4. Shayboarder
    May 11, 2009

    That’s the info I was given from YES, so it should be correct.

  5. Anonymous
    May 11, 2009

    Is Ultimate grip like MTX? Do you have any tech specs on this? I’m a huge fan of the MTX living in icy central Canada. I just bought a Salomon to try out their equalizer, but unfortunately I’m not David Benedeck and its akward getting on edge and slower speeds.

  6. Anonymous
    May 11, 2009

    _/ \_/ \_ this is a rough outline of what ultimate grip is. They are fairly shallow serrated edges located at both binding areas on the edge. You can look at it on nidecker’s website.

  7. Anonymous
    May 11, 2009

    Were you drunk when you wrote this or do you just severely lack grammatical skills? Also you evidently don’t know the difference between rocker and reverse camber either. I think you need some remedial lessons in board construction.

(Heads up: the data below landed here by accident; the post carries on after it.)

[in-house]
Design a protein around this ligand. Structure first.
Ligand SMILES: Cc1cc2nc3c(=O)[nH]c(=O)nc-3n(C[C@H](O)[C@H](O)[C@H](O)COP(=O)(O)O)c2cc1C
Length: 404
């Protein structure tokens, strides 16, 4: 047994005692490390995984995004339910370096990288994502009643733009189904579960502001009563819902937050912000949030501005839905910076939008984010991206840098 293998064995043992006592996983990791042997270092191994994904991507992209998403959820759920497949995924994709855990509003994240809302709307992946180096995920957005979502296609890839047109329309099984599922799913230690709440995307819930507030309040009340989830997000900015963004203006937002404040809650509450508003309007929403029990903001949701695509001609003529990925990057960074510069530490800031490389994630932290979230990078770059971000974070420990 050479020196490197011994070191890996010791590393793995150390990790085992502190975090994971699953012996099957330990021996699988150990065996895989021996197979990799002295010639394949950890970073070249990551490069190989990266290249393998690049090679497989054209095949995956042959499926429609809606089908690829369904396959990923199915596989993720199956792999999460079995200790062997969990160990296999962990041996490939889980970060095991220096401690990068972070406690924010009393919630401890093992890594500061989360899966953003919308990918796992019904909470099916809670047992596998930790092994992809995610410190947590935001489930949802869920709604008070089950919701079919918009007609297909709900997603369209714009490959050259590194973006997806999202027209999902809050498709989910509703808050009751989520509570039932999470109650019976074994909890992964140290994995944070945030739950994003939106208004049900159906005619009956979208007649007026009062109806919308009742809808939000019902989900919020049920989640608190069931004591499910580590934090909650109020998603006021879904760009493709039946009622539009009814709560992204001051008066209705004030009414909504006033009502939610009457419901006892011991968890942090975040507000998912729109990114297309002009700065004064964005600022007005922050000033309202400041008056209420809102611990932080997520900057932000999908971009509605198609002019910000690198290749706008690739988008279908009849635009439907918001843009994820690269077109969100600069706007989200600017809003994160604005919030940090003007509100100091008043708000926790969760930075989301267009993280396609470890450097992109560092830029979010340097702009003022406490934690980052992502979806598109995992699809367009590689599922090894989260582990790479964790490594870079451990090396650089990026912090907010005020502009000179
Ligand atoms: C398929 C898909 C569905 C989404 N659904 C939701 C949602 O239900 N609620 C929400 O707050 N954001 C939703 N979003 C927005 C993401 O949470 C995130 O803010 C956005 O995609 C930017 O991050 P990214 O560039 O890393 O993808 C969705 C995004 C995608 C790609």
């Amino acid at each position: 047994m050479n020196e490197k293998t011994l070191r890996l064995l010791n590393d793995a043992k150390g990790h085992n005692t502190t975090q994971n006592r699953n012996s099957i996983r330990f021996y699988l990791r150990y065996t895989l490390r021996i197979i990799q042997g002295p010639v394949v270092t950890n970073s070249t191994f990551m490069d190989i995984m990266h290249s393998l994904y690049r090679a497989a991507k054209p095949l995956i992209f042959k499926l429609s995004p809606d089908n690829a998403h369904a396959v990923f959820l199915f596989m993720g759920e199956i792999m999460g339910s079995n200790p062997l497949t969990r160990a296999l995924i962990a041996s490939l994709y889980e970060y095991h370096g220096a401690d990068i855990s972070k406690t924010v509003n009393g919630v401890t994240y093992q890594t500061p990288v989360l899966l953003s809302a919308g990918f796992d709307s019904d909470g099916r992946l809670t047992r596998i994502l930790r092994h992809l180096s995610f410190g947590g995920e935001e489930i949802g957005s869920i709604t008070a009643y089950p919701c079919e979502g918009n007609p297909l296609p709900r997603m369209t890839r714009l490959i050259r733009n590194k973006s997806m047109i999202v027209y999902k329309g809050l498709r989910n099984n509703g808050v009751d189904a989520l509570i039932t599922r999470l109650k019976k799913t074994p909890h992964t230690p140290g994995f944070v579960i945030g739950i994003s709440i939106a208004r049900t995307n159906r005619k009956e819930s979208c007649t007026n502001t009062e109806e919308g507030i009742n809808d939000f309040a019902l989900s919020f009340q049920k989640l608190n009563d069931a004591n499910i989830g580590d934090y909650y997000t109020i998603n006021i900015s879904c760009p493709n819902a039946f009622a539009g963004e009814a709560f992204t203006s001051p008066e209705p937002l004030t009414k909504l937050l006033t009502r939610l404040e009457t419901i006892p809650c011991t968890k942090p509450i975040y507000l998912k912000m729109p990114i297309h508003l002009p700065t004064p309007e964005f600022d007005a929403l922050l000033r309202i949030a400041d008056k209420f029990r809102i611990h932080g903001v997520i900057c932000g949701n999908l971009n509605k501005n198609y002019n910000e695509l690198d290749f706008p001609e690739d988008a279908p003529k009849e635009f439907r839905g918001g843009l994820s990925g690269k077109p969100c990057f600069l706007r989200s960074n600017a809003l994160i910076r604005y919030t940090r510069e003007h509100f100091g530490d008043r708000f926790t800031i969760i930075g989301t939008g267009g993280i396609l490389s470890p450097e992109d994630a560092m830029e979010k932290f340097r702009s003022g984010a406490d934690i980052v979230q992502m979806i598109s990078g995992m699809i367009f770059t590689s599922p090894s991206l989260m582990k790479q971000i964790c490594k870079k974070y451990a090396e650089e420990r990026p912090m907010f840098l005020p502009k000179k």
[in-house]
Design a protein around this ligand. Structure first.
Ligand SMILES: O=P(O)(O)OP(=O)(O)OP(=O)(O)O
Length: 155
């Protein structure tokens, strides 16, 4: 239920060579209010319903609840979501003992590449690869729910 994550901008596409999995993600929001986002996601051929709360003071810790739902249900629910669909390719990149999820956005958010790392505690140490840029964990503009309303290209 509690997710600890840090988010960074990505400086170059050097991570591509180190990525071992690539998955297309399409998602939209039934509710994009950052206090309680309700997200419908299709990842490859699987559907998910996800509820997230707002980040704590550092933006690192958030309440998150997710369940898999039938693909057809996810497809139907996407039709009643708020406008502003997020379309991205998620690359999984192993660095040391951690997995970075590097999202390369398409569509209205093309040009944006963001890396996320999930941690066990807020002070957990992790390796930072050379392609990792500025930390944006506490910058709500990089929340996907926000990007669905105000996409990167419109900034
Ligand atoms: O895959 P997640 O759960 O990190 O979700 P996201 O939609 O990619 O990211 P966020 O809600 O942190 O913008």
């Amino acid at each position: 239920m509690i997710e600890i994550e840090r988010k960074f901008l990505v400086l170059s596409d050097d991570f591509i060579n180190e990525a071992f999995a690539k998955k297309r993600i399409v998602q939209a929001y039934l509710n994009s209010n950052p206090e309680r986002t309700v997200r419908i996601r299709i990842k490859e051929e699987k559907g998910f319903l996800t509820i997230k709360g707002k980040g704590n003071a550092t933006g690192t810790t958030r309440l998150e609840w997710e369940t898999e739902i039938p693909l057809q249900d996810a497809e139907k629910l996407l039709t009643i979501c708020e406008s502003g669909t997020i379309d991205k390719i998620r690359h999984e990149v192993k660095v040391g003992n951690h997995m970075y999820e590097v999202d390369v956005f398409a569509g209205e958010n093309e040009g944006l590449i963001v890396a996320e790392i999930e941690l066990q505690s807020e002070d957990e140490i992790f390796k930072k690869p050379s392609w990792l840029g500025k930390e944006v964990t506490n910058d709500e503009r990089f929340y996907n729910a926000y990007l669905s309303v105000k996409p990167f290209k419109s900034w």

8. Shayboarder
    May 11, 2009

    Here’s the link to the Ultimate Grip info. It held a edge better than normal, hard to say if it was better than mtx…but definitely comparable.

    Well since everyone else understood it and you didn’t, I think you might be drunk. I am sober and currently typing sentences so thanks for the advice.

  9. Anonymous
    May 11, 2009

    Isn’t a Stable something you put a horse in, not the way to gauge if a board has chatter?

    Fairly sure stability and instability would be the words you would use to describe that attribute.

  10. Shayboarder
    May 11, 2009

    Here you go.

  11. Anonymous
    May 12, 2009

    awesome shay! Good work.

  12. Anonymous
    May 12, 2009

    great review.

    do you think that you could take a picture of the rocker in the future? maybe hold the board up against the wall or a tent pole or something so there is some reference.